Identifying and Reducing Bureaucratic Burdens
01 March 2012
The DfE submitted five questions to NFER’s Teacher Voice Omnibus Survey in November 2011. These covered the following topics: bureaucratic burdens that have prevented teachers from raising attainment and achievement of children and standards in school; and health and safety requirements that have got in the way of teaching or managing at school and/or taking pupils on school trips.
In addition to the questions submitted through the Omnibus survey for primary and secondary school teachers, DfE commissioned NFER to undertake a separate survey, comprising the same questions, of teachers in maintained special schools in England.
The report provides an analysis of the responses to the questions in both surveys, along with supporting information about the two questionnaires. Results are presented by school type (main sample and special), phase (primary and secondary) and by teacher seniority level (classroom teachers or senior leaders).
- The majority of teachers felt that there was at least one bureaucratic burden preventing them from raising attainment and achievement of pupils and standards. The most commonly given reasons included paperwork, assessing pupil progress and monitoring data.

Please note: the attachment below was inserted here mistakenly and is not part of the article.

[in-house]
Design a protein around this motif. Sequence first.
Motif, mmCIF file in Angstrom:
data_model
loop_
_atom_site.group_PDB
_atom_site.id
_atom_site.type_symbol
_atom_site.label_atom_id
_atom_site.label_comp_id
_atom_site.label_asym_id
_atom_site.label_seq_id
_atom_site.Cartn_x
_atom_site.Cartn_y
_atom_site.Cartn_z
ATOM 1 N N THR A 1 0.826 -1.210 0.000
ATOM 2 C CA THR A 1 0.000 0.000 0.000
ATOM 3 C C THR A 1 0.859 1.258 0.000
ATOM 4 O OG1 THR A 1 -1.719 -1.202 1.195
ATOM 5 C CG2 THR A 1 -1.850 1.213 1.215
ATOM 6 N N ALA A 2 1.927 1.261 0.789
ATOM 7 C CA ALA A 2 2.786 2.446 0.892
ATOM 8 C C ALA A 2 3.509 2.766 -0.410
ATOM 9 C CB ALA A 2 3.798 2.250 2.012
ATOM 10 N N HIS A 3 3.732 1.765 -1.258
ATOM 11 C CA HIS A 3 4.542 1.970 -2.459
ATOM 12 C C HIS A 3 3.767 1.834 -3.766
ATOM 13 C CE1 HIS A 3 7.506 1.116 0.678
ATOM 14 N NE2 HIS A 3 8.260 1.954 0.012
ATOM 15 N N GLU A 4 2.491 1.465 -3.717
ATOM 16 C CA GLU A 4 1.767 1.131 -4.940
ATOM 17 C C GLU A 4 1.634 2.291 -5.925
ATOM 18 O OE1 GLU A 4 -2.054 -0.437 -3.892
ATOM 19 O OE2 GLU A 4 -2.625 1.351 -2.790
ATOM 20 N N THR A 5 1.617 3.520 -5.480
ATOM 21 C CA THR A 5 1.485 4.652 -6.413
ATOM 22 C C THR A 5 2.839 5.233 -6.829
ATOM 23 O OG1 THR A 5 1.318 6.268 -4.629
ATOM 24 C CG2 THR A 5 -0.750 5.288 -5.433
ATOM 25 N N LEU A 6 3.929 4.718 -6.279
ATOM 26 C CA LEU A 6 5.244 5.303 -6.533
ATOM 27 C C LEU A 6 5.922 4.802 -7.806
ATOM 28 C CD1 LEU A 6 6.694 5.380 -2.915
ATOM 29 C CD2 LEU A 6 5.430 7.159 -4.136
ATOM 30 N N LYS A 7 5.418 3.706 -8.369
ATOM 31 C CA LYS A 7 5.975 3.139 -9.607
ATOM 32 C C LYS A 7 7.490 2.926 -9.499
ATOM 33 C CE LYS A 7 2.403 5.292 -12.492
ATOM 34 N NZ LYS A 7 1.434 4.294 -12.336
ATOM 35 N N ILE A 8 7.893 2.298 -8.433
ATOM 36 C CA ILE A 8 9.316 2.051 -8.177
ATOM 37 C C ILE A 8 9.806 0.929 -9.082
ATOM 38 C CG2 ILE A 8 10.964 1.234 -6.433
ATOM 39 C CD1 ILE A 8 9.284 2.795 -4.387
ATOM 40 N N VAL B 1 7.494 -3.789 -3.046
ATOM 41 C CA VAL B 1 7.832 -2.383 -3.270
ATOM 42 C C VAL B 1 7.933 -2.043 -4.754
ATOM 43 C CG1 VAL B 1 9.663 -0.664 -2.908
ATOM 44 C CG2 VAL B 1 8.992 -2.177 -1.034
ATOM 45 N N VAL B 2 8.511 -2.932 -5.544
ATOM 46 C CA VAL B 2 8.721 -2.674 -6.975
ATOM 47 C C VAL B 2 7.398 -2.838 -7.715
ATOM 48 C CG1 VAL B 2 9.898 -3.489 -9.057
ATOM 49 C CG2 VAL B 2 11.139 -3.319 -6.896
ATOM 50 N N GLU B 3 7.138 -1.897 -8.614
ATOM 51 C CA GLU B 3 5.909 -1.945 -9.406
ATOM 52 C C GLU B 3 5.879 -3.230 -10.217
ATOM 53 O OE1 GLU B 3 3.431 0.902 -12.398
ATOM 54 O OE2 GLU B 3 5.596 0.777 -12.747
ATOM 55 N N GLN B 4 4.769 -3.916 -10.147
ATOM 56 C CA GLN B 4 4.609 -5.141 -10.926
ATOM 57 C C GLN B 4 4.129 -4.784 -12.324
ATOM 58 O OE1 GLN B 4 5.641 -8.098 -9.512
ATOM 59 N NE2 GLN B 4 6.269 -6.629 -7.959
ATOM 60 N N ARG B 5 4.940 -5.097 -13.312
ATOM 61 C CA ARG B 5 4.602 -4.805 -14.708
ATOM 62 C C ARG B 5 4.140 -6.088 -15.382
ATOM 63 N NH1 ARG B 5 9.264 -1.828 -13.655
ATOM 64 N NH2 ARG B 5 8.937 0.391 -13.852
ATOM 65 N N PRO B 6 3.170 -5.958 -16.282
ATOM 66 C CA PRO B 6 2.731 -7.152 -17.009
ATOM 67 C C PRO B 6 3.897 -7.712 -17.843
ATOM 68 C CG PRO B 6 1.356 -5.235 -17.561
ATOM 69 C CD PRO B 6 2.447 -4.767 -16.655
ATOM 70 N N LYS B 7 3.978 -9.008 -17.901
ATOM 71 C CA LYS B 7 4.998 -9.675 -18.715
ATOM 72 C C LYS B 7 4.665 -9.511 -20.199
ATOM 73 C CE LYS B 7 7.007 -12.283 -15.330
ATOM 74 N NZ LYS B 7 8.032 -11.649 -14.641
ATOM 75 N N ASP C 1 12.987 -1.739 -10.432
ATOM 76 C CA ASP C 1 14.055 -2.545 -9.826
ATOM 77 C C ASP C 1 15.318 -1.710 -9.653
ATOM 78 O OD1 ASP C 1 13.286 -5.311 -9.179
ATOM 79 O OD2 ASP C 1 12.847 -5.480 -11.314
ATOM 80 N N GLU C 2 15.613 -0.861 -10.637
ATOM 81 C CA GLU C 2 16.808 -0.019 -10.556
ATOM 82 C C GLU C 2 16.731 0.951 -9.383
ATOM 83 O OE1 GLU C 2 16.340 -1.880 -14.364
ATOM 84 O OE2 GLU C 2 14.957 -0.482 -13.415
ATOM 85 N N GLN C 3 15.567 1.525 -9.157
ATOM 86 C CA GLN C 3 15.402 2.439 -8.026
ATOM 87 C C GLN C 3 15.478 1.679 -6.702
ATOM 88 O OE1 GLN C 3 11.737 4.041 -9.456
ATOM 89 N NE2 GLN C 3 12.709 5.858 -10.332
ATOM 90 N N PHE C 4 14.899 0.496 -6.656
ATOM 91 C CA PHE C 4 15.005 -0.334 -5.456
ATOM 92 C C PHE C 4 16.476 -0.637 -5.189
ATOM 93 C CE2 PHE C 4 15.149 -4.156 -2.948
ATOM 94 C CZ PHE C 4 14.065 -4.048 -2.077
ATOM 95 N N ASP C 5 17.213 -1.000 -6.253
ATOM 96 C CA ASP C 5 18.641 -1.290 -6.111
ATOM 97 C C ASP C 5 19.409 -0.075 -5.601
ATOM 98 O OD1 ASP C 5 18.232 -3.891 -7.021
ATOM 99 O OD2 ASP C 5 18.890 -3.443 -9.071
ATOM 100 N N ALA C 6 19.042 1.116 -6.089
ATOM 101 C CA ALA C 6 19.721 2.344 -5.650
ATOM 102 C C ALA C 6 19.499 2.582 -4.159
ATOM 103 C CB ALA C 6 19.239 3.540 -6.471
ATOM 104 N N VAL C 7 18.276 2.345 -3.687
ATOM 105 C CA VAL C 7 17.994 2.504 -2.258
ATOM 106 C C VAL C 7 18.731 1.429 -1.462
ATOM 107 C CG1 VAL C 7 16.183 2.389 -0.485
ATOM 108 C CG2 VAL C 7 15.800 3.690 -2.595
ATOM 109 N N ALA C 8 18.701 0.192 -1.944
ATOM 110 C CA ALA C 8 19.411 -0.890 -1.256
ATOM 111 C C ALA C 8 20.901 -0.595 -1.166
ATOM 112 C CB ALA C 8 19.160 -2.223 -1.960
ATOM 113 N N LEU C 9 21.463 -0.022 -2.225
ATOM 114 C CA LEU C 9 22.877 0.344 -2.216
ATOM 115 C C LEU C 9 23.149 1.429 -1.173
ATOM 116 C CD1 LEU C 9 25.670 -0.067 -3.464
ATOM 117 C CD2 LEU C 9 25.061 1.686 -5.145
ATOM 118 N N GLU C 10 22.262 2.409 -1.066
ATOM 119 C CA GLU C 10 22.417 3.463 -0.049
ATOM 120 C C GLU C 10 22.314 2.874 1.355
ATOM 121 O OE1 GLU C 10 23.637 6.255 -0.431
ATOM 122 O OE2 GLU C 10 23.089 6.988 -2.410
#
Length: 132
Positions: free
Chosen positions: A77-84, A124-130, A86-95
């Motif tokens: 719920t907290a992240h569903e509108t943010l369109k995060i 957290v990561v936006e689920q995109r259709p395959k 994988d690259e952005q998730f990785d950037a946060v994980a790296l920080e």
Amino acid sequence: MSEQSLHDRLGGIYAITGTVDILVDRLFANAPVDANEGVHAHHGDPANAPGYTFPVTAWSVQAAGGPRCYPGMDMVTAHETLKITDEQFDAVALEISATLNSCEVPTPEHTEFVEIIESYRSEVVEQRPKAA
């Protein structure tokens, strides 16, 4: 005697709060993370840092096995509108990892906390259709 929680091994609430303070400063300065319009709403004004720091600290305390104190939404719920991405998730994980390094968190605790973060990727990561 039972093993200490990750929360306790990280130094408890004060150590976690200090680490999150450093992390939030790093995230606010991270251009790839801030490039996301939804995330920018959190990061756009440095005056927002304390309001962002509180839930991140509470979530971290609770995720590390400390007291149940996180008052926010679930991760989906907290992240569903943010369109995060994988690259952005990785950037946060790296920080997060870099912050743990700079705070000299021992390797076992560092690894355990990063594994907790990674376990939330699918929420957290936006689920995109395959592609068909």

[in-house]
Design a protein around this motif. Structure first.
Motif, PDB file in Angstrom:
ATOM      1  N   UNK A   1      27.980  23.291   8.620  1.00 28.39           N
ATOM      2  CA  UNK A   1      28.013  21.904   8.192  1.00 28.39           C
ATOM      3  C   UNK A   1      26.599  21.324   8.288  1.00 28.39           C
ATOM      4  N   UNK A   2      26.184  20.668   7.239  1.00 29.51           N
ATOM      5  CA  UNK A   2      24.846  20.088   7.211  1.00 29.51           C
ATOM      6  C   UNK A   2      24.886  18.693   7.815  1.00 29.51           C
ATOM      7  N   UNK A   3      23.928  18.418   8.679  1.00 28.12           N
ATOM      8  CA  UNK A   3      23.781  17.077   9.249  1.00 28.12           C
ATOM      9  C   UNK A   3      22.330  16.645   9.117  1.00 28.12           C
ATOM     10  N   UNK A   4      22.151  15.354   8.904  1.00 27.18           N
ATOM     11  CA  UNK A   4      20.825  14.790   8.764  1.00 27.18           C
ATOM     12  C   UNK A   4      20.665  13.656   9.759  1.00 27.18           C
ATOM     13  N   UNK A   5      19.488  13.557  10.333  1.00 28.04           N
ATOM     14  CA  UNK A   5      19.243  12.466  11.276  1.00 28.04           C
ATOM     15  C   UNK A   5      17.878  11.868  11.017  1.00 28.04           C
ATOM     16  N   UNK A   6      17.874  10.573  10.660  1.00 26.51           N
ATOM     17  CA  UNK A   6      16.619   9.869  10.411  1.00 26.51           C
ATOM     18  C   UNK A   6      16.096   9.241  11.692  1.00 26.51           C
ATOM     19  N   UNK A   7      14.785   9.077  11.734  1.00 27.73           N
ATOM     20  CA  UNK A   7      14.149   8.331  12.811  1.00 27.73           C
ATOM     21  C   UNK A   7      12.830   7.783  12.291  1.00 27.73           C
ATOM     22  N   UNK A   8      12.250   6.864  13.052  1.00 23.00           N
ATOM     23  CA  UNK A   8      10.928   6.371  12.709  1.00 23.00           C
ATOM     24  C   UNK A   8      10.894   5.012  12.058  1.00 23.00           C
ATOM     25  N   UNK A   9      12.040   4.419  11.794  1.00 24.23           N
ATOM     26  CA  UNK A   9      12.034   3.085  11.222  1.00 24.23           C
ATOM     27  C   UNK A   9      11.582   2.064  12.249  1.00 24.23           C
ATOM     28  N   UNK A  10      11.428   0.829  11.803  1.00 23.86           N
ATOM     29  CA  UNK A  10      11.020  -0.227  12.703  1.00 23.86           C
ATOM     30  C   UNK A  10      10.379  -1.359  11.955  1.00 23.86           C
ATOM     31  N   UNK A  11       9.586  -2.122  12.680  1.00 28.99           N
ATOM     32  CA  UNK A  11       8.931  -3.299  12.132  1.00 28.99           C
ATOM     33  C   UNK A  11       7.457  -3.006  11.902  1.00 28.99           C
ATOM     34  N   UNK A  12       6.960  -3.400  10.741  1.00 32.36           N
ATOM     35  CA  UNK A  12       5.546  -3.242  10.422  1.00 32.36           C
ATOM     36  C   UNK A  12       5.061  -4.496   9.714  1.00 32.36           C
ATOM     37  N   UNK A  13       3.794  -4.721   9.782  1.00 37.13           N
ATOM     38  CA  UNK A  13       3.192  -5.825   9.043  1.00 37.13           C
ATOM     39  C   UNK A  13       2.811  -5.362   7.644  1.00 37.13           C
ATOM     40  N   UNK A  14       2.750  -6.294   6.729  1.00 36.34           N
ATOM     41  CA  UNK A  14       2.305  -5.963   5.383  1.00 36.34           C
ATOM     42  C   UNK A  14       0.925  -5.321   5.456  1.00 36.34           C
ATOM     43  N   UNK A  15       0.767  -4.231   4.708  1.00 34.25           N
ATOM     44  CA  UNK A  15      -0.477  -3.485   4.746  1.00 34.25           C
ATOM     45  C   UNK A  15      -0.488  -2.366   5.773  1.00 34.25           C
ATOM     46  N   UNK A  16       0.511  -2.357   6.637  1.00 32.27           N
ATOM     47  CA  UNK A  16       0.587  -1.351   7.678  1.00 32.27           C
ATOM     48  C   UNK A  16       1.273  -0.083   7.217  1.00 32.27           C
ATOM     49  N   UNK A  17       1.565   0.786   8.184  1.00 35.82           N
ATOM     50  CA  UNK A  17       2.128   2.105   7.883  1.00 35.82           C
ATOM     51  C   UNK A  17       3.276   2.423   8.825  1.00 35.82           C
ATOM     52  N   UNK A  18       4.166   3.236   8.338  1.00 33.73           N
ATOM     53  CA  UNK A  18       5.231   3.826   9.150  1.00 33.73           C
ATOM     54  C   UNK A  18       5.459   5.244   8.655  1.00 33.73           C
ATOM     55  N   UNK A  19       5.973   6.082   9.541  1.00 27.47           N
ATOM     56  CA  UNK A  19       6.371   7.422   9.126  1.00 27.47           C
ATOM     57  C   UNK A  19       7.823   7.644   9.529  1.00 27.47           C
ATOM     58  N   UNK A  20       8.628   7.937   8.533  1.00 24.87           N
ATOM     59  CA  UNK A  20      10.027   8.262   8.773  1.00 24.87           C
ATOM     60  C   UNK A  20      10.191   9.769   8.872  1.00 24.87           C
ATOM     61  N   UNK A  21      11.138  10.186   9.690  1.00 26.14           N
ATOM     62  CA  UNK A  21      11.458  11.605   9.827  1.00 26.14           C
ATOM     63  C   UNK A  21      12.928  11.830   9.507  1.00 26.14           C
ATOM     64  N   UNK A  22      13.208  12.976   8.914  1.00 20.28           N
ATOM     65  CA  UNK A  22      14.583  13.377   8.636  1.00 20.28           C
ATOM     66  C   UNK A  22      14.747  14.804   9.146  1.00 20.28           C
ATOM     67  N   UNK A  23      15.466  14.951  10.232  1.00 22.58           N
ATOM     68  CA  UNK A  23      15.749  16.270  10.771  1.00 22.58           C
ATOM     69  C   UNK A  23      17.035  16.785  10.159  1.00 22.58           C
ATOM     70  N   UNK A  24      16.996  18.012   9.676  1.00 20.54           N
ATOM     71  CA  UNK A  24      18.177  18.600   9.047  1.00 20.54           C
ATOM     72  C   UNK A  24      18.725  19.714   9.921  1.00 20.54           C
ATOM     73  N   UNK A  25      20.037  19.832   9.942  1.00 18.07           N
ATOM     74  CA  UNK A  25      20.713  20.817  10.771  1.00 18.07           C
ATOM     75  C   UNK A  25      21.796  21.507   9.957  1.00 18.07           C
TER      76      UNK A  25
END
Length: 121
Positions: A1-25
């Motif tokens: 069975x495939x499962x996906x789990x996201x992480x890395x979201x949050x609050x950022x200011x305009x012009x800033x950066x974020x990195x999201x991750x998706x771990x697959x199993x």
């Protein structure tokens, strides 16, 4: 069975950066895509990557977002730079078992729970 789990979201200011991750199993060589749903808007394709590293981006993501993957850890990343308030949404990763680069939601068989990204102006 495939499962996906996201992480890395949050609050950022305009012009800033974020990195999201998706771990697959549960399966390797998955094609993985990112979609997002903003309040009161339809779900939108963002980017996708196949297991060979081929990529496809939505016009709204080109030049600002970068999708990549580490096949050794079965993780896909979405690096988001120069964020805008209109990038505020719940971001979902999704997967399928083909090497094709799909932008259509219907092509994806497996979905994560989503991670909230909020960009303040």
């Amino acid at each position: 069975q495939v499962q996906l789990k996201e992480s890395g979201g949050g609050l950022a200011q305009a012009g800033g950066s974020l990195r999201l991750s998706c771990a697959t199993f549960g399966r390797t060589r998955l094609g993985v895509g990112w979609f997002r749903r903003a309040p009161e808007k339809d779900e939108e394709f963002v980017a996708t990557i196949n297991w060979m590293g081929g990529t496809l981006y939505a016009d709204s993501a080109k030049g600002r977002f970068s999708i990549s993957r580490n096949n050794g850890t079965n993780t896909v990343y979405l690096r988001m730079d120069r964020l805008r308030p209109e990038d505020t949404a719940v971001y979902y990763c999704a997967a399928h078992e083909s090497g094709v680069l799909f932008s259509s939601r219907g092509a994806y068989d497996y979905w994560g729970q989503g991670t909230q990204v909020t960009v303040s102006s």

- For special schools, the largest proportion of respondents revealed monitoring data and evidence was a burden.
- The main sources of burdens seemed to be the school itself – this was particularly true for classroom teachers, whereas proportionally more senior leaders indicated that the DfE was the main origin of burden.
- Teachers felt additional skilled staff and/or help in the classroom would reduce bureaucratic burdens; for special school teachers, most often their suggestions focussed around spending more time on teaching, learning and child development; reducing monitoring and data recording and stabilising policy changes.
- Health and safety requirements appeared to be a barrier to teaching/managing in school or to taking pupils on school trips. This was mainly thought to be due to paperwork being too onerous.